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What to do When You Have Writer’s Block

Every writer faces the dreaded writer’s block. To celebrate National Novel Writing Month, we’re offering some advice for how to work through it. This is especially useful for those who are participating and hoping to leave the month with 50,000 words written. 

So, what do you do when you experience writer’s block? We’re sharing with all of you ten strategies to help when you’re spending too much time staring at a blank page. 

1. Go for a Walk

Any type of movement is great for getting your mind working. It not only gives you a change of scenery, but new stimuli encountered from being outdoors is great for sparking creativity. Going for a long walk can get you out of your head and force you to relax. Who knows, if you walk in a picturesque location, it could even help inspire your story.

2. Get Inspiration from Other Writers

Learning about what other people who have found success in writing did to help them write works very well when it comes to figuring out how to get started. Search online for videos or articles from authors and learn what helps them when they experience a lapse in creativity.

3. Take a Shower

We don’t know about all of you, but hot water really helps us think. For some reason, the combination of relaxing hot water and self-care products gets us in the zone. If you’re lucky enough to have a hot tub, try that too.

4. Try Working on a Different Project

Sometimes your mind can run low on ideas for one project when working on it for an extended period of time. Switching projects means finding a new way to be creative. Think of it in the same way as switching workouts to target a new muscle group. Move on to a different writing project and come back to the previous one when you’ve spent enough time apart.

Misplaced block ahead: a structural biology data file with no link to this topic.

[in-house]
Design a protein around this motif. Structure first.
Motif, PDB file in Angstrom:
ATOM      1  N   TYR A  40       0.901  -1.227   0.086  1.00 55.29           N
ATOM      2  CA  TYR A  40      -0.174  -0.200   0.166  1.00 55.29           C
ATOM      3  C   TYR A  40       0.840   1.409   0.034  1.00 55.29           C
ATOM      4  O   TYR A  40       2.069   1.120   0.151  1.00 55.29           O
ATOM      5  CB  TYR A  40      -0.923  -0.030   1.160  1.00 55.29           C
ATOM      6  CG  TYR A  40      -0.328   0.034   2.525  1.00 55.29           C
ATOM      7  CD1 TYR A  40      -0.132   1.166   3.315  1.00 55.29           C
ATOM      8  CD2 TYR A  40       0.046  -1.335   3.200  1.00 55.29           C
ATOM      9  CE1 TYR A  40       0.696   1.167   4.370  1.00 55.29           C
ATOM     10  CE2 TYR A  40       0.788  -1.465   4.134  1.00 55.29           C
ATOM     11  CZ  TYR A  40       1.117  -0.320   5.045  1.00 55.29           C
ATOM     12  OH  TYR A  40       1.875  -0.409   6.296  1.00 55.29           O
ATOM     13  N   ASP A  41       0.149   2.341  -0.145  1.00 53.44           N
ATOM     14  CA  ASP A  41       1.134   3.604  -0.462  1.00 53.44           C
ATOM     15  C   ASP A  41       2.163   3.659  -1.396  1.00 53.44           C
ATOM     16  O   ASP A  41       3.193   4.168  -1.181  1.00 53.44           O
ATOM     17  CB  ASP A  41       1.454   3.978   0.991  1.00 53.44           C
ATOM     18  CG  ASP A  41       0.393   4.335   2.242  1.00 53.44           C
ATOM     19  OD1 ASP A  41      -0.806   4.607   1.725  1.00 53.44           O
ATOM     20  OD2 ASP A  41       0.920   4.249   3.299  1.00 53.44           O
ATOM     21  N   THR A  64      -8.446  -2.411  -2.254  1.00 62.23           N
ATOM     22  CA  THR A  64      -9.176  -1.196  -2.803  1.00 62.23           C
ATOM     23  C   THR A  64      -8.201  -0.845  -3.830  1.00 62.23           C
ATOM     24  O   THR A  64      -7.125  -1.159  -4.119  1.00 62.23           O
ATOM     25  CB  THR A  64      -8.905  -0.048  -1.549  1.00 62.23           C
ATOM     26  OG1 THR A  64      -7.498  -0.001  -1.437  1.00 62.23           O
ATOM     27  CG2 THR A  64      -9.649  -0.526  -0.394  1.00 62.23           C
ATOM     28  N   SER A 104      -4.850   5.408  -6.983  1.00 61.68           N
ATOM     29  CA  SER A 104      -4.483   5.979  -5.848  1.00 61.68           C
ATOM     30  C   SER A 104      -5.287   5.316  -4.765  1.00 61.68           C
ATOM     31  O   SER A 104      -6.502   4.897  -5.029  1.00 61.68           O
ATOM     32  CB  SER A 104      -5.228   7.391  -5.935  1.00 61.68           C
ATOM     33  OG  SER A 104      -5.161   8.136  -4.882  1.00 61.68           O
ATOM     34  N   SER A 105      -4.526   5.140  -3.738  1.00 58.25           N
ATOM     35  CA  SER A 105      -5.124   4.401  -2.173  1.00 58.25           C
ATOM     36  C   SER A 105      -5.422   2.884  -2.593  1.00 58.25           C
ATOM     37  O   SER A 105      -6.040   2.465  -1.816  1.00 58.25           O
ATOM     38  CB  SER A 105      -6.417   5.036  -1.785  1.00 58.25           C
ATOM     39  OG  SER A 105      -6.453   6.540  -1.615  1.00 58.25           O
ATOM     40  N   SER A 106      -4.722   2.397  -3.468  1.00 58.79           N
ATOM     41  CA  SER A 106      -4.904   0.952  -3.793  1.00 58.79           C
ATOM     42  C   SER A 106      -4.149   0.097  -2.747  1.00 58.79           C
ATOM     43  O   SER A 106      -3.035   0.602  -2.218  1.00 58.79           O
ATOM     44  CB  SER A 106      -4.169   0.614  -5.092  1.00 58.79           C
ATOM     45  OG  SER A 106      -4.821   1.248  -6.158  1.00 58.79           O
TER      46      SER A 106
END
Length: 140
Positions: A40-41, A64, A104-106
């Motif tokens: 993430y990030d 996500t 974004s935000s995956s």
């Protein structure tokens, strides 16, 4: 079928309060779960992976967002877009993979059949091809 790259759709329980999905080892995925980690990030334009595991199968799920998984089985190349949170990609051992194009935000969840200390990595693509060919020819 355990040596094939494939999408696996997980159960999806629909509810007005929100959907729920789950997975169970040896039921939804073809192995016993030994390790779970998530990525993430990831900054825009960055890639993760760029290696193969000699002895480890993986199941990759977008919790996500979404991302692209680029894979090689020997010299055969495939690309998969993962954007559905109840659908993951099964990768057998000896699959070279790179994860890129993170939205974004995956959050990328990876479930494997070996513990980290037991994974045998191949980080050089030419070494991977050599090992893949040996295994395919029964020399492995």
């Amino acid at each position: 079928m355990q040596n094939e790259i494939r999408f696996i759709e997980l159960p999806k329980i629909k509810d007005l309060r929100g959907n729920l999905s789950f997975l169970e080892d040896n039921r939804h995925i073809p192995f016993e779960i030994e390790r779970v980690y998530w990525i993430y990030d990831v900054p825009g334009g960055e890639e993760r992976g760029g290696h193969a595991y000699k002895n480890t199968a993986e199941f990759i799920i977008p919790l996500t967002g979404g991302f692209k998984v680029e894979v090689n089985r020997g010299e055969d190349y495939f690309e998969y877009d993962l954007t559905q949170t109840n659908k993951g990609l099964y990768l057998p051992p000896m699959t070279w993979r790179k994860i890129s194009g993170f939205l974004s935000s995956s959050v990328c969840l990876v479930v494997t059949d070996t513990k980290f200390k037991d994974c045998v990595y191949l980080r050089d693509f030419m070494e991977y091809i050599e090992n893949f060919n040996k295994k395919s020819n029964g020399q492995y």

5. Just Start Writing Anything

Seriously, putting words to paper can help. You can even write something along the lines of: I don’t know what to write so I’m just typing any words that come to my head. I’m starting to get hungry, maybe I’ll have a sandwich for lunch. What is my MC’s favorite type of sandwich? Maybe in the next scene they should have a panini when they go to lunch with their friend. How much am I like my MC? In what ways are we different?

See, anything goes!

6. Get Silly

Write or do something goofy with no other goal than to just make yourself laugh. This is a great way to spark creativity and get the brain ready to come up with something original. Embrace your inner child and write the most ridiculous thing that comes to your head. That’s how we brainstorm Johan ideas. Johan has a knack for messing up, which makes writing his story so much fun.

7. Read

Sometimes you just need to curl up with a good book. Whether you choose to read the genre you write in or not, reading is a great way to get out of your head and escape into another. Your favorite authors can even inspire where you want to go with your story.

8. Put on Music